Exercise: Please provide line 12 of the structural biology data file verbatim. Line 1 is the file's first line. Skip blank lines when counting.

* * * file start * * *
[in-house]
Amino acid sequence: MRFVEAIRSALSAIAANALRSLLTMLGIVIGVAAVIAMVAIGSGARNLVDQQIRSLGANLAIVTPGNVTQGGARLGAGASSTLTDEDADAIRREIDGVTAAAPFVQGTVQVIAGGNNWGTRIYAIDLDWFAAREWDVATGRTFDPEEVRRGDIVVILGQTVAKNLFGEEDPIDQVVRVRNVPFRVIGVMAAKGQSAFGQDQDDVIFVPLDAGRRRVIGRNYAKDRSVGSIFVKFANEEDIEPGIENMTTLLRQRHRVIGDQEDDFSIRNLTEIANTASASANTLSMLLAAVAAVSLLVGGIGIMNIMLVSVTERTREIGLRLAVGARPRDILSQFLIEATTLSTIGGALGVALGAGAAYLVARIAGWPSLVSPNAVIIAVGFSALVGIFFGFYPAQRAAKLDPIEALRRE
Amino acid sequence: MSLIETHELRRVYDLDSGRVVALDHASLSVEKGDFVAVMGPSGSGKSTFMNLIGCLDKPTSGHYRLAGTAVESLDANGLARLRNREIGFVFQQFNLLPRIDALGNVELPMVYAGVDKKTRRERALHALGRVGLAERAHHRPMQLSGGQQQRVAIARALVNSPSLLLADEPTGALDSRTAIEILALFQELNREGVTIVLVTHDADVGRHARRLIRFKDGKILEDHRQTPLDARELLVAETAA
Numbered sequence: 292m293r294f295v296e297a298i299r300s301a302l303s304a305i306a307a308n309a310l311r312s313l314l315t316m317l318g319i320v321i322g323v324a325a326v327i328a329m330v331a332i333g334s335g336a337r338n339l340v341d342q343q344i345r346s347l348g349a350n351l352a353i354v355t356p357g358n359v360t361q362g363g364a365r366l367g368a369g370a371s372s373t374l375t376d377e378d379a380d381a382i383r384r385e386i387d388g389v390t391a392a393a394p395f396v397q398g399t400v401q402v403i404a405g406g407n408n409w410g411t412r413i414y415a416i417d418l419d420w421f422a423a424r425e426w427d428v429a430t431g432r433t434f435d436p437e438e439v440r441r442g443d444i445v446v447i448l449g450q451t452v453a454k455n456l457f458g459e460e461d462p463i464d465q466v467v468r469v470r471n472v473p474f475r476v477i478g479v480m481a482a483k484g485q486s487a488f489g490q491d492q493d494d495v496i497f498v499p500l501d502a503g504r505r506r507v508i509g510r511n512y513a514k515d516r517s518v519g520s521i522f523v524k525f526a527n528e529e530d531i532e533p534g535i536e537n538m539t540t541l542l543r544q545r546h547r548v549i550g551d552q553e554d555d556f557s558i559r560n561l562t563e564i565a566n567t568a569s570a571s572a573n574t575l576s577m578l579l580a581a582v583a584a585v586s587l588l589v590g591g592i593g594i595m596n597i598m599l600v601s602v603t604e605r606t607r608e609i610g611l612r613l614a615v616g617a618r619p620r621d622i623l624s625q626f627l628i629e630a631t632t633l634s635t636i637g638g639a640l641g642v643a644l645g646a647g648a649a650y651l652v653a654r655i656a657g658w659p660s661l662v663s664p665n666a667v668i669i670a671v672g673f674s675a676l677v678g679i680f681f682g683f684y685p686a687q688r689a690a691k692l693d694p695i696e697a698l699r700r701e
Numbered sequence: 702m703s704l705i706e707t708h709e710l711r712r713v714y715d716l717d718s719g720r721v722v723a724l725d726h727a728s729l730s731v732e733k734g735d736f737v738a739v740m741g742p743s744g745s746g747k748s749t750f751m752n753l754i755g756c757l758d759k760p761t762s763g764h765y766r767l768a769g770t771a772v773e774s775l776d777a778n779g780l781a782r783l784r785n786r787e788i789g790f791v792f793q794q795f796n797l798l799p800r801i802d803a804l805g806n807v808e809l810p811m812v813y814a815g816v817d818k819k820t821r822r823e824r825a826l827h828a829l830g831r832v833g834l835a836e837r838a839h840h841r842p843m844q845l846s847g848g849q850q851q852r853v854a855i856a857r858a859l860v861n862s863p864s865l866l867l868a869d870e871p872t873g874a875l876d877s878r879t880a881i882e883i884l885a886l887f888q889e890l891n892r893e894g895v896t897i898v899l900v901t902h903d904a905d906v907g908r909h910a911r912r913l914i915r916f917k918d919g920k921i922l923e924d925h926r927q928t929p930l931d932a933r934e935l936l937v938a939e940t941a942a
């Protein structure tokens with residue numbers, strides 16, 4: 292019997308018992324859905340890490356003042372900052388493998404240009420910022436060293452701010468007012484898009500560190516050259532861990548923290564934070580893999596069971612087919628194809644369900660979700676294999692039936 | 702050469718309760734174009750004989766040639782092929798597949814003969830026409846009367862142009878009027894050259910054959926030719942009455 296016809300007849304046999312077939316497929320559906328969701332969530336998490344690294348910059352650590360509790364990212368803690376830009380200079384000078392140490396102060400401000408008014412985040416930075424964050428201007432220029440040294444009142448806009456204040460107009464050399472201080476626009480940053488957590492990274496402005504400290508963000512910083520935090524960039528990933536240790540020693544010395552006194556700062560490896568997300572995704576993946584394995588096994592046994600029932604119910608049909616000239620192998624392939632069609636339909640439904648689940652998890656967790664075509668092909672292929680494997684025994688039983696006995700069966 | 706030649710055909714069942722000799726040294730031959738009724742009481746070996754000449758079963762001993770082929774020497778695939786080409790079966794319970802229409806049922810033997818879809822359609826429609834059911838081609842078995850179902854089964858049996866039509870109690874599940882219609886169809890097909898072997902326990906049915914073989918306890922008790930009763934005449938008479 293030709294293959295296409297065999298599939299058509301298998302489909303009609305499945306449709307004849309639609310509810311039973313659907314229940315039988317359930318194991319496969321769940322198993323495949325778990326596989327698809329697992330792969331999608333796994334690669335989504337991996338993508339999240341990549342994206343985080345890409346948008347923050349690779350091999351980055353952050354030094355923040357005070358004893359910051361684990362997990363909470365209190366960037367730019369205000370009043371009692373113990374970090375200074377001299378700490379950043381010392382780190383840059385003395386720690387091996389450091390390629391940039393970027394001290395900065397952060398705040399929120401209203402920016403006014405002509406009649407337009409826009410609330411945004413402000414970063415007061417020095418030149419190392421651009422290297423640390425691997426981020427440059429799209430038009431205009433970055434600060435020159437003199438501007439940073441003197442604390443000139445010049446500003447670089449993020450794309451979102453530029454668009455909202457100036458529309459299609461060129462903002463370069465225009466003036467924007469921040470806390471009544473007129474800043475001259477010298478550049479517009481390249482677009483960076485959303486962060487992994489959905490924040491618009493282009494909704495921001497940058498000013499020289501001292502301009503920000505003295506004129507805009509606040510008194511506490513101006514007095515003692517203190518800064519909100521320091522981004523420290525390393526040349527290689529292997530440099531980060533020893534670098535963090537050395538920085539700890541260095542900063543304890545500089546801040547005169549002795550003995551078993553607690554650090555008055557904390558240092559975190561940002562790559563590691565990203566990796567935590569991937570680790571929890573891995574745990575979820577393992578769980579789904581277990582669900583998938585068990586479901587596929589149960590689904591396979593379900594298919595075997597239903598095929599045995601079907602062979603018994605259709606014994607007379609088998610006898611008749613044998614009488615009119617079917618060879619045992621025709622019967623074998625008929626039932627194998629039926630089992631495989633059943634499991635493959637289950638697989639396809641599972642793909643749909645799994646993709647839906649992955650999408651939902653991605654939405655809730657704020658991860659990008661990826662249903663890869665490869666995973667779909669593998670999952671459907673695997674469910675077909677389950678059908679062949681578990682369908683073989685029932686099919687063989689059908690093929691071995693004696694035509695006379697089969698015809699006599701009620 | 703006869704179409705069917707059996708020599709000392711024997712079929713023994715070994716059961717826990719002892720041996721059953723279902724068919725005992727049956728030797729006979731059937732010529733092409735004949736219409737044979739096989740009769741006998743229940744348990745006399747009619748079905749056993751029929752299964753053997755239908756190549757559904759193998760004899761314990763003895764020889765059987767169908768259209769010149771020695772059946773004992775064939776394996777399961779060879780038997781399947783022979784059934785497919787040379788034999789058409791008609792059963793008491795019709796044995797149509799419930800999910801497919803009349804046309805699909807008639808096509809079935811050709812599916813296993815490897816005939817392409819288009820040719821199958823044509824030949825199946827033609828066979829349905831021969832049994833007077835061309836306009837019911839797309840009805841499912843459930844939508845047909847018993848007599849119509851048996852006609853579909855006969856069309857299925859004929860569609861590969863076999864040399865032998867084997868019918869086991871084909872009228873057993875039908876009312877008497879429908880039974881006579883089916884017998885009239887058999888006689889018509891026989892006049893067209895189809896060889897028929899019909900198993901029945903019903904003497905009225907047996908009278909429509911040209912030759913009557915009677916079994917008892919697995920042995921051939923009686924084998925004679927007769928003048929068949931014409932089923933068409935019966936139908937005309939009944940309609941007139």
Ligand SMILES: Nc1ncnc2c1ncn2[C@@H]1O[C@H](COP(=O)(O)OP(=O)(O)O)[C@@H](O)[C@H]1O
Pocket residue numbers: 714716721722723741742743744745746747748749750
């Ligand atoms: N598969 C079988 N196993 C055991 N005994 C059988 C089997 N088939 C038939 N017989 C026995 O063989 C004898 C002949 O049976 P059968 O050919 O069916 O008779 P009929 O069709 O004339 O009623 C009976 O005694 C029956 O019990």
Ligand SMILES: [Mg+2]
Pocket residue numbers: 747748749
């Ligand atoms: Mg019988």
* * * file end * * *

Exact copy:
């Ligand atoms: Mg019988």